(Inter)National Quilting Day

The last day of March and I’m writing about International Quilting Day an annual event held on the third Saturday of March!  Although it’s taken me a while, and so it might be a little out of date, I really didn’t want to miss recording how one group of quilters mark this day every year.

Busy stitchers on Interanl Quilters Day

Busy stitchers on International Quilting Day

As a newby to the world of patchwork and quilting I was kindly swept up into the annual International Quilting Day by my new found friends at North Hampshire Quilters.   For a small payment I received a comprehensive programme for the day, the promise of table space for me and my sewing machine and a choice of homemade soups for lunch (this has since morphed into an equally tasty Ploughman’s Lunch). And so for five years I’ve had the pleasure of taking part in International Quilting Day, spending time with friends from NHQ and meeting quilters from other Groups in the area.

It’s only as I came to write about IQD that I thought I’d better research it’s history. This is what I found on the website of The National Quilting Association:

A Brief History of National Quilting Day

In 1989, the Kentucky Heritage Quilt Society organized a “Quilters’ Day Out” on the third Saturday of March to celebrate the rich tradition of quilt making in Kentucky. In 1991, the NQA officers were so enthused with the concept and success of “Quilters’Day Out” that they voted to take it to a national level.

The first National Quilting Day was observed in 1992 and since then it has grown into a global celebration for all quiltmakers and quilt lovers. Helen Storbeck, one of the founders of National Quilting Day, wrote in The Quilting Quarterly, “Groups of quilters were encouraged to hold special events, publishers and shop owners were invited to sponsor promotions especially for quilters and it quickly became a grassroots endeavor with quilters in every part of the country participating.  In the first year of National Quilting Day, quilters in other countries asked to participate. They were welcomed with open arms. As our feelings of a community network has evolved to include a world community, it is only appropriate that quilters and quilt lovers everywhere united to give recognition to the special art form.”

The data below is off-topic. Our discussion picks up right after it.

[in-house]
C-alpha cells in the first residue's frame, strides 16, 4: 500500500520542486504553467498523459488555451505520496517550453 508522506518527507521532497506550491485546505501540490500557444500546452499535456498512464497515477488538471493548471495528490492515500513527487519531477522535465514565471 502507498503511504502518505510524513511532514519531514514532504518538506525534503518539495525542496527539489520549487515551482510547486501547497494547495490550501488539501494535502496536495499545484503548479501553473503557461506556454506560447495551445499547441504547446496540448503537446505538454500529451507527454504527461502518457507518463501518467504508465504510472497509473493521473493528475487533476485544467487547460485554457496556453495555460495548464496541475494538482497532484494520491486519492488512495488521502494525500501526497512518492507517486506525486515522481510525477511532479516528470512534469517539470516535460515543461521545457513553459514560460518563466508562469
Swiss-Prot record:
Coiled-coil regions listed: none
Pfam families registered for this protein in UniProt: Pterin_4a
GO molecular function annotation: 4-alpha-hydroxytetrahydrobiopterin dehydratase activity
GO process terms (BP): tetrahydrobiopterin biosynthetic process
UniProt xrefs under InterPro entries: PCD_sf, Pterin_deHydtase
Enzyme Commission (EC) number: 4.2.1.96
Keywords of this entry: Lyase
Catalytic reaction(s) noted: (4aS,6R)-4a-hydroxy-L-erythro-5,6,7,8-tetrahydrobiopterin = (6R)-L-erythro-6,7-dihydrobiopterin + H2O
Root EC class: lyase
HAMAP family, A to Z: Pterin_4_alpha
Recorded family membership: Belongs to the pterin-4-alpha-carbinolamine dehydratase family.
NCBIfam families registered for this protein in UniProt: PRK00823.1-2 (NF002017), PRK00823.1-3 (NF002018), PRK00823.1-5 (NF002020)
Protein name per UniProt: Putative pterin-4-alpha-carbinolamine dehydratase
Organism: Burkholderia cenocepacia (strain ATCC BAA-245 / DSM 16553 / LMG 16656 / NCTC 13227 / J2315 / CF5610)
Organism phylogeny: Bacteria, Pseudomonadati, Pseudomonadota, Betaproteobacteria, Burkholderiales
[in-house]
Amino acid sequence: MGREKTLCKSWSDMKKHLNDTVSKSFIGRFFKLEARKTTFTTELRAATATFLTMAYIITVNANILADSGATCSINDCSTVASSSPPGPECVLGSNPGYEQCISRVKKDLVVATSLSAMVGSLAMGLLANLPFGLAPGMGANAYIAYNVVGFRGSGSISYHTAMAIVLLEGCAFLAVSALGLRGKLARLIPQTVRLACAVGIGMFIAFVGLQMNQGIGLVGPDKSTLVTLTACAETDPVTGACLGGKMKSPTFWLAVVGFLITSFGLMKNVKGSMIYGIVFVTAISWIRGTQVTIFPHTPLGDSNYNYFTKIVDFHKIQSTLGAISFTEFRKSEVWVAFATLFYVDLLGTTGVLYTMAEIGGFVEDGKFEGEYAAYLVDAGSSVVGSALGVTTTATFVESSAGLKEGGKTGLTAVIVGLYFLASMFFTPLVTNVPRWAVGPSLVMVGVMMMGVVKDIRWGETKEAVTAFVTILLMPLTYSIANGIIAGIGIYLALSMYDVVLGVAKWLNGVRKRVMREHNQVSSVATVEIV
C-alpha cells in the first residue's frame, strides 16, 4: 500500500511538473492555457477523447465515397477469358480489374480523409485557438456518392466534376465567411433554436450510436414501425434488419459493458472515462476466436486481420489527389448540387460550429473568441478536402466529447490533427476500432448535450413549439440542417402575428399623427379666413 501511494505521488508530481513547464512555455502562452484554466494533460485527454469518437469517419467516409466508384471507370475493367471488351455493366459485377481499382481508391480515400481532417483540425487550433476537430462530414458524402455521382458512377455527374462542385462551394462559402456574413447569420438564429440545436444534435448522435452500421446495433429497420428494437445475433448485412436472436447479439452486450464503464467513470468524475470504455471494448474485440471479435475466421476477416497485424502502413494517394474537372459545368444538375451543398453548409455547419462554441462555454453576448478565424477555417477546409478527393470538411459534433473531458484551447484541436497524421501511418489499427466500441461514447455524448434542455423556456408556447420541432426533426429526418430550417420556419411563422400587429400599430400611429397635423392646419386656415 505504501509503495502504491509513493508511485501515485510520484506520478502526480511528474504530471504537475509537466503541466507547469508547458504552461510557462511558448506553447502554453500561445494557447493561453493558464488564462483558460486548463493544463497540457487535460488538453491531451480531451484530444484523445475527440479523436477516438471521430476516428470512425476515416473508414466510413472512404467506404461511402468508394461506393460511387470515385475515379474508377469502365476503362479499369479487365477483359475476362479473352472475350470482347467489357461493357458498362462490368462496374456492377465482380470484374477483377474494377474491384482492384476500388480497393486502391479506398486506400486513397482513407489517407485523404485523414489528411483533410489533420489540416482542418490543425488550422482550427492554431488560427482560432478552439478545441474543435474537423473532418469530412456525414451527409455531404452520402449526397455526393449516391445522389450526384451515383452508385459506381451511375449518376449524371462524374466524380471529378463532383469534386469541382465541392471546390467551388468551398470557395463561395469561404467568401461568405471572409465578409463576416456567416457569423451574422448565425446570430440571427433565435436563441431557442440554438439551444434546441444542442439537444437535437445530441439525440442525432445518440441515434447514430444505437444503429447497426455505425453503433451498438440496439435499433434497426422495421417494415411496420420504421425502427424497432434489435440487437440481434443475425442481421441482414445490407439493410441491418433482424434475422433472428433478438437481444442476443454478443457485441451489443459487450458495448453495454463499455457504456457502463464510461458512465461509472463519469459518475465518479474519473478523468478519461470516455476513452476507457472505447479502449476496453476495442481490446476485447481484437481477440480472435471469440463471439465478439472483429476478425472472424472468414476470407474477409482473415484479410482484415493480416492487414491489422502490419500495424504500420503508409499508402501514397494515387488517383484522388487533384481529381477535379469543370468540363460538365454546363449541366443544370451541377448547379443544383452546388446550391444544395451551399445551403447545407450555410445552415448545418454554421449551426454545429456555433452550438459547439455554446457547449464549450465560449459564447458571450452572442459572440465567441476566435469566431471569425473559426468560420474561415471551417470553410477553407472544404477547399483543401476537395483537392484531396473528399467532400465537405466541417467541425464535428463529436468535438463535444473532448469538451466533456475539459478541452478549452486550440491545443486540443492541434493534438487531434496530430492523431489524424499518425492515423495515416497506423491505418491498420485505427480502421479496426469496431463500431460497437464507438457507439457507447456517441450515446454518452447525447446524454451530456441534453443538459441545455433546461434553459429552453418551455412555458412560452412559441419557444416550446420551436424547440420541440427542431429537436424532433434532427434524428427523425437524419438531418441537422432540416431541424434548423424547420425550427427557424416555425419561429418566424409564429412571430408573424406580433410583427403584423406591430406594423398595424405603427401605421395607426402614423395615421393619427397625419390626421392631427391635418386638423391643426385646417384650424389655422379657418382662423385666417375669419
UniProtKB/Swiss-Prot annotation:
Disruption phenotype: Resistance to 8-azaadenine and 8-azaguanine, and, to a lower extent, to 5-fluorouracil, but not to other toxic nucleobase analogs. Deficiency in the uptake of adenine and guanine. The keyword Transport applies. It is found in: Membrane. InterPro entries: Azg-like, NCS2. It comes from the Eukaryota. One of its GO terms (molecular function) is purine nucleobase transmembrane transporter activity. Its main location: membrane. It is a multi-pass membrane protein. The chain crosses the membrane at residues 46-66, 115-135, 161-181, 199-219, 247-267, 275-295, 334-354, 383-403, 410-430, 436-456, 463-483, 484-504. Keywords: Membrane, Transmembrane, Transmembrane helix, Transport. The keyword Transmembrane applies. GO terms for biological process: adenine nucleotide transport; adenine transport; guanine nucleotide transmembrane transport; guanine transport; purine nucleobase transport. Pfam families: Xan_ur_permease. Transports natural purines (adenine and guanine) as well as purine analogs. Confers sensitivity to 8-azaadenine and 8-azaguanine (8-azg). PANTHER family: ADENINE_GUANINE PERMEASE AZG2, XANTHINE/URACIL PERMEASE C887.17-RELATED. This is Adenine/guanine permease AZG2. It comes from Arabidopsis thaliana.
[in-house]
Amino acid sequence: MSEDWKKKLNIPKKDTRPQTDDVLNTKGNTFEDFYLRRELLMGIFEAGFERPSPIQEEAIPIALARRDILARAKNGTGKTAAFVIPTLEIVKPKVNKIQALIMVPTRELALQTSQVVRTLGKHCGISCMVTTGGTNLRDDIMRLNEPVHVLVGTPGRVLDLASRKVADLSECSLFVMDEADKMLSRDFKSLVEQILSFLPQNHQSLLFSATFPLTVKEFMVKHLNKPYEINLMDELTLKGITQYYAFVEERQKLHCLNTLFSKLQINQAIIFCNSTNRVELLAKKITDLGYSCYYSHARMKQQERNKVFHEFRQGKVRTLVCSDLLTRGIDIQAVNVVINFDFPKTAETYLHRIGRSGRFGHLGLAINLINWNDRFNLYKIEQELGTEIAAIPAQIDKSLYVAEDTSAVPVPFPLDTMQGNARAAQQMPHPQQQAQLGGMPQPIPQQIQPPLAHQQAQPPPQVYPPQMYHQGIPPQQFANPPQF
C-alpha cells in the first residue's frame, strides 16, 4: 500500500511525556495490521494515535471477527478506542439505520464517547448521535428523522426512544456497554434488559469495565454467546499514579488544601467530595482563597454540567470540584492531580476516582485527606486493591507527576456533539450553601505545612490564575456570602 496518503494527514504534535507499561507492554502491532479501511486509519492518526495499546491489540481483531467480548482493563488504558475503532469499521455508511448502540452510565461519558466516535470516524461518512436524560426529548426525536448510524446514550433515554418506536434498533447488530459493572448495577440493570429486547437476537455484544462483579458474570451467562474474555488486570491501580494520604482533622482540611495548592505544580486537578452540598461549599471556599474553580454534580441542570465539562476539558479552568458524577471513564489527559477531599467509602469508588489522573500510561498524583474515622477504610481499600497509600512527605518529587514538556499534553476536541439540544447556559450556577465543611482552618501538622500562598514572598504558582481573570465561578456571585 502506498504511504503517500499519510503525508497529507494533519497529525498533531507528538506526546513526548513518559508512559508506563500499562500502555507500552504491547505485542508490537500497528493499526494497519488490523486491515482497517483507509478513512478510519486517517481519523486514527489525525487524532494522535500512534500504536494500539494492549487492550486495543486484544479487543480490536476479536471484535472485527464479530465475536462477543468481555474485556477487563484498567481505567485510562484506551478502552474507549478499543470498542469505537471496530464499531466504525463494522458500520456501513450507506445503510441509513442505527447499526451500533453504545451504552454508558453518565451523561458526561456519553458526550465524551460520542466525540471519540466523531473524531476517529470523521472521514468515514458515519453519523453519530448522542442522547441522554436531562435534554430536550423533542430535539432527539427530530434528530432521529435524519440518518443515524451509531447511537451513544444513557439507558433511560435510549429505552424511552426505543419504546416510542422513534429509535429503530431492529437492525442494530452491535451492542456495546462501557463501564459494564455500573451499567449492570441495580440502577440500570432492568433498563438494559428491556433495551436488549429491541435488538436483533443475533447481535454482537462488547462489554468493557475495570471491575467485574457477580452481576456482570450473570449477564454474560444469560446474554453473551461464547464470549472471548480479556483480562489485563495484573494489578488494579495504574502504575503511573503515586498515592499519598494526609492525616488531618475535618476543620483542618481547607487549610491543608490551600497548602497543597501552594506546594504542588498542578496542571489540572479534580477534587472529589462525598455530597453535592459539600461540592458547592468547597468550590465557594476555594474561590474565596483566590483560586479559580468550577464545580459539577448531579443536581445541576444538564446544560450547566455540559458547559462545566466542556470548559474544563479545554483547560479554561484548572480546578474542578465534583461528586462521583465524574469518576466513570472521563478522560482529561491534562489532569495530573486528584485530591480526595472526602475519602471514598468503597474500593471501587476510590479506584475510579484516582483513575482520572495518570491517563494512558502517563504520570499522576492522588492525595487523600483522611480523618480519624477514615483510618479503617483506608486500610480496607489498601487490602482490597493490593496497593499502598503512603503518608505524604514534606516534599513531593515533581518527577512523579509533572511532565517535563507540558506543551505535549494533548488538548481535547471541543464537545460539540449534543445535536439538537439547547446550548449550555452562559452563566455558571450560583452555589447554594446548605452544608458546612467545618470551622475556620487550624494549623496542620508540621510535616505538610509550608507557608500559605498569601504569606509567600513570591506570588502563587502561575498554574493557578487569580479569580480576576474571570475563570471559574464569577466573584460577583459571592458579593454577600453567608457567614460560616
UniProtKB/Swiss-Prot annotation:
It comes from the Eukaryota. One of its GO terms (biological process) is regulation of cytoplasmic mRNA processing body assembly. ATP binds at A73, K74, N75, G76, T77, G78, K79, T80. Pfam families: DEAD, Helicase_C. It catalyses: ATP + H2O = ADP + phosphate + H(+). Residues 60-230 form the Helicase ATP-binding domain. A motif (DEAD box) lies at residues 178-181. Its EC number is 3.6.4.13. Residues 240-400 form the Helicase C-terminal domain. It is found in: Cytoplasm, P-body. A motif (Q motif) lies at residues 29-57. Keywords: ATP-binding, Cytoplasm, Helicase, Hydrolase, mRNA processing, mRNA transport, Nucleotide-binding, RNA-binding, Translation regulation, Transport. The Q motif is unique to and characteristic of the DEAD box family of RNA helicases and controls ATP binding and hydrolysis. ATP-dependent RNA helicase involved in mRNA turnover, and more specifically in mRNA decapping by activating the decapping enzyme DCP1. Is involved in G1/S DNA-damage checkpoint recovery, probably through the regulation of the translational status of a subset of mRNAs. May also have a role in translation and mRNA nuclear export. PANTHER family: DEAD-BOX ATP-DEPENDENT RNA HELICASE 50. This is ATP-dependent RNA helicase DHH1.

I’d assumed IQD had been going for much longer (I’m old enough to think 1992 is recent history!).

Thanks to the good planning and hard work of a small group of friends, the most of us can arrive at the village hall in the Candover Valley, set up our machines and get straight down to stitching!

Bead bags for Beads of Courage.

Bead bags for Beads of Courage.

We spent the morning making items for two charities – draw string bags for Beads of Courage and heart-shaped support pillows for breast cancer patients.  There was also a collection of general tools, sewing machines and equipment for Tools With A Mission.  After a tasty lunch and homemade cakes (we are asked to bring either a cake to share or a fat quarter for the raffle) some ladies continued with the charity makes while others began work on their own projects. Before the end of the day, there was an inspiring ‘show and tell’ session and an opportunity for retail therapy courtesy of Yvette of Needle and Thread and her baskets of fabric loveliness.

One of the many support pillows made for patients recovery from breast surgery

One of the many support pillows made for patients recovery from breast surgery